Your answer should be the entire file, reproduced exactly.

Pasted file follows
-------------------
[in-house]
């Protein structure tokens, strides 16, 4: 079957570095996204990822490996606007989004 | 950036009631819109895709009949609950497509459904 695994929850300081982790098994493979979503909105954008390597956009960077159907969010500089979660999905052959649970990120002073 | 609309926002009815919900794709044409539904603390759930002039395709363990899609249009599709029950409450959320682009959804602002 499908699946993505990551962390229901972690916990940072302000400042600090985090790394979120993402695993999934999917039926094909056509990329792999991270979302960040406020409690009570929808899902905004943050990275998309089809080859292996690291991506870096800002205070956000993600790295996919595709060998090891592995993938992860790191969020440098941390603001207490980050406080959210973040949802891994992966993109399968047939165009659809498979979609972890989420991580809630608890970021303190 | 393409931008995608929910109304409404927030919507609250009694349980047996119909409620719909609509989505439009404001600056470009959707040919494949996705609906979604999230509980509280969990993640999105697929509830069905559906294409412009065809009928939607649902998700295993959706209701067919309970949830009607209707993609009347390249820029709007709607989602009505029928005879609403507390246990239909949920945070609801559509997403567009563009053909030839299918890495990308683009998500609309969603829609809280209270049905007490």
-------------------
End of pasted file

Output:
[in-house]
């Protein structure tokens, strides 16, 4: 079957570095996204990822490996606007989004 | 950036009631819109895709009949609950497509459904 695994929850300081982790098994493979979503909105954008390597956009960077159907969010500089979660999905052959649970990120002073 | 609309926002009815919900794709044409539904603390759930002039395709363990899609249009599709029950409450959320682009959804602002 499908699946993505990551962390229901972690916990940072302000400042600090985090790394979120993402695993999934999917039926094909056509990329792999991270979302960040406020409690009570929808899902905004943050990275998309089809080859292996690291991506870096800002205070956000993600790295996919595709060998090891592995993938992860790191969020440098941390603001207490980050406080959210973040949802891994992966993109399968047939165009659809498979979609972890989420991580809630608890970021303190 | 393409931008995608929910109304409404927030919507609250009694349980047996119909409620719909609509989505439009404001600056470009959707040919494949996705609906979604999230509980509280969990993640999105697929509830069905559906294409412009065809009928939607649902998700295993959706209701067919309970949830009607209707993609009347390249820029709007709607989602009505029928005879609403507390246990239909949920945070609801559509997403567009563009053909030839299918890495990308683009998500609309969603829609809280209270049905007490």